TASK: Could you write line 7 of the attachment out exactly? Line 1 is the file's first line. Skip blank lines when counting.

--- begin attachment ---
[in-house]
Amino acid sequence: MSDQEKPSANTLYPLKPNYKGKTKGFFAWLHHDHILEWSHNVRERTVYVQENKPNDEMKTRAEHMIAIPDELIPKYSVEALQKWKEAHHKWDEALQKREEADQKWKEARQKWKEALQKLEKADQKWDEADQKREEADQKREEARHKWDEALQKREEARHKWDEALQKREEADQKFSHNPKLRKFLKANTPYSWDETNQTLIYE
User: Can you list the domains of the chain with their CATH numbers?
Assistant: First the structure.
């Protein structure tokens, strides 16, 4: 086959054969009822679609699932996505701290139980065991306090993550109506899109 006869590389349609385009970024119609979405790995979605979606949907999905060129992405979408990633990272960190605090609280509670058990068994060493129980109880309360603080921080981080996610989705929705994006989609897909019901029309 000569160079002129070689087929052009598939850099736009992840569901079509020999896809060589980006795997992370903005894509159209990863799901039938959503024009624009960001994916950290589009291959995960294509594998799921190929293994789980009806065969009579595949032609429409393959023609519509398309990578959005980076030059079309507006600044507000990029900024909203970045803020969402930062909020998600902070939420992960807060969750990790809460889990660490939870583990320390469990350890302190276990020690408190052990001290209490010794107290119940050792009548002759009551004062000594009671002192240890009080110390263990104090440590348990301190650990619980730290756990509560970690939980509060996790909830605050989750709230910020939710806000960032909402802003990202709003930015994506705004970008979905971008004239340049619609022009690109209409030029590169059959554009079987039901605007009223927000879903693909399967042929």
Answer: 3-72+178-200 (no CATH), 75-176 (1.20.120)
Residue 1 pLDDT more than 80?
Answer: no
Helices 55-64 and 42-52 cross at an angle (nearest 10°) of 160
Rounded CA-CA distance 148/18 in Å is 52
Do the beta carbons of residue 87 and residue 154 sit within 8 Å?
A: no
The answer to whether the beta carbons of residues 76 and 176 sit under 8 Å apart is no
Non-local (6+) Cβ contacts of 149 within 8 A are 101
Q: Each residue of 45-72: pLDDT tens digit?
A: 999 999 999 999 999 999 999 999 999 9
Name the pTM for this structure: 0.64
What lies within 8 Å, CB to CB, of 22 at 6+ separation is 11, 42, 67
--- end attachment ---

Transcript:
Residue 1 pLDDT more than 80?